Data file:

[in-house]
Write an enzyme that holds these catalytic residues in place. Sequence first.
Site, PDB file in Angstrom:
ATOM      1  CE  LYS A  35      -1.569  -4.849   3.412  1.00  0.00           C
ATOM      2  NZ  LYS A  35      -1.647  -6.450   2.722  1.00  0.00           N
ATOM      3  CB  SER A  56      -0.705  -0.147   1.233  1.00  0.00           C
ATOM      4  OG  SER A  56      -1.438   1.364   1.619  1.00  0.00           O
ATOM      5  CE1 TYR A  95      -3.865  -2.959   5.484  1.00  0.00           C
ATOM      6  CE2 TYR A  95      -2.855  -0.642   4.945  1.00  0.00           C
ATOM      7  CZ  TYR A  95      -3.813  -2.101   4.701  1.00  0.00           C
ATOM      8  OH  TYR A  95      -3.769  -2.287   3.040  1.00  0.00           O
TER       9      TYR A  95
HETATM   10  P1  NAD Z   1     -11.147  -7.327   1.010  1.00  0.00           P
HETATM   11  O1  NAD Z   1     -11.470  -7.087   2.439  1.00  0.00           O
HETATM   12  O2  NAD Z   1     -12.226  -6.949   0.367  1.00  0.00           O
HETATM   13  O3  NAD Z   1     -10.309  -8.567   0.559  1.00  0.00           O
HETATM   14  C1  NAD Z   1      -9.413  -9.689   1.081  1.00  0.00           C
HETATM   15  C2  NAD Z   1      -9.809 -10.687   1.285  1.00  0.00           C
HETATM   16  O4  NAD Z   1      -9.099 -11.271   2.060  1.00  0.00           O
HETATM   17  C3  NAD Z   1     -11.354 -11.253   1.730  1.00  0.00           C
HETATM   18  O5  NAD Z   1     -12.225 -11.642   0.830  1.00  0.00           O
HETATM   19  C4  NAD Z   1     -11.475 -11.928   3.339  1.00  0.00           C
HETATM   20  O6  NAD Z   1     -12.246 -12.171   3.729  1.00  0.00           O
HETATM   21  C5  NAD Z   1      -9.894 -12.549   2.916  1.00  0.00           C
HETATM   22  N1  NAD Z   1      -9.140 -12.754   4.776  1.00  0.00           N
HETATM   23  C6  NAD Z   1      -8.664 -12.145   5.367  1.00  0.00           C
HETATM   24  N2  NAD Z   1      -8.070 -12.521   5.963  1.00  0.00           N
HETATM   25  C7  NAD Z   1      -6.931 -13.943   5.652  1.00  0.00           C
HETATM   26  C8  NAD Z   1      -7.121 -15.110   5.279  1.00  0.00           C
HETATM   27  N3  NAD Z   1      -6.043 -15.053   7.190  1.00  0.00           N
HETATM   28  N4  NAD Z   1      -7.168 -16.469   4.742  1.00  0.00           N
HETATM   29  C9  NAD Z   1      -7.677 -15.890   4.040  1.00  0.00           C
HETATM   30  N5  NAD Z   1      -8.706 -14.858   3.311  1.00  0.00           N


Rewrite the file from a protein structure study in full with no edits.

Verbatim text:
[in-house]
Write an enzyme that holds these catalytic residues in place. Sequence first.
Site, PDB file in Angstrom:
ATOM      1  CE  LYS A  35      -1.569  -4.849   3.412  1.00  0.00           C
ATOM      2  NZ  LYS A  35      -1.647  -6.450   2.722  1.00  0.00           N
ATOM      3  CB  SER A  56      -0.705  -0.147   1.233  1.00  0.00           C
ATOM      4  OG  SER A  56      -1.438   1.364   1.619  1.00  0.00           O
ATOM      5  CE1 TYR A  95      -3.865  -2.959   5.484  1.00  0.00           C
ATOM      6  CE2 TYR A  95      -2.855  -0.642   4.945  1.00  0.00           C
ATOM      7  CZ  TYR A  95      -3.813  -2.101   4.701  1.00  0.00           C
ATOM      8  OH  TYR A  95      -3.769  -2.287   3.040  1.00  0.00           O
TER       9      TYR A  95
HETATM   10  P1  NAD Z   1     -11.147  -7.327   1.010  1.00  0.00           P
HETATM   11  O1  NAD Z   1     -11.470  -7.087   2.439  1.00  0.00           O
HETATM   12  O2  NAD Z   1     -12.226  -6.949   0.367  1.00  0.00           O
HETATM   13  O3  NAD Z   1     -10.309  -8.567   0.559  1.00  0.00           O
HETATM   14  C1  NAD Z   1      -9.413  -9.689   1.081  1.00  0.00           C
HETATM   15  C2  NAD Z   1      -9.809 -10.687   1.285  1.00  0.00           C
HETATM   16  O4  NAD Z   1      -9.099 -11.271   2.060  1.00  0.00           O
HETATM   17  C3  NAD Z   1     -11.354 -11.253   1.730  1.00  0.00           C
HETATM   18  O5  NAD Z   1     -12.225 -11.642   0.830  1.00  0.00           O
HETATM   19  C4  NAD Z   1     -11.475 -11.928   3.339  1.00  0.00           C
HETATM   20  O6  NAD Z   1     -12.246 -12.171   3.729  1.00  0.00           O
HETATM   21  C5  NAD Z   1      -9.894 -12.549   2.916  1.00  0.00           C
HETATM   22  N1  NAD Z   1      -9.140 -12.754   4.776  1.00  0.00           N
HETATM   23  C6  NAD Z   1      -8.664 -12.145   5.367  1.00  0.00           C
HETATM   24  N2  NAD Z   1      -8.070 -12.521   5.963  1.00  0.00           N
HETATM   25  C7  NAD Z   1      -6.931 -13.943   5.652  1.00  0.00           C
HETATM   26  C8  NAD Z   1      -7.121 -15.110   5.279  1.00  0.00           C
HETATM   27  N3  NAD Z   1      -6.043 -15.053   7.190  1.00  0.00           N
HETATM   28  N4  NAD Z   1      -7.168 -16.469   4.742  1.00  0.00           N
HETATM   29  C9  NAD Z   1      -7.677 -15.890   4.040  1.00  0.00           C
HETATM   30  N5  NAD Z   1      -8.706 -14.858   3.311  1.00  0.00           N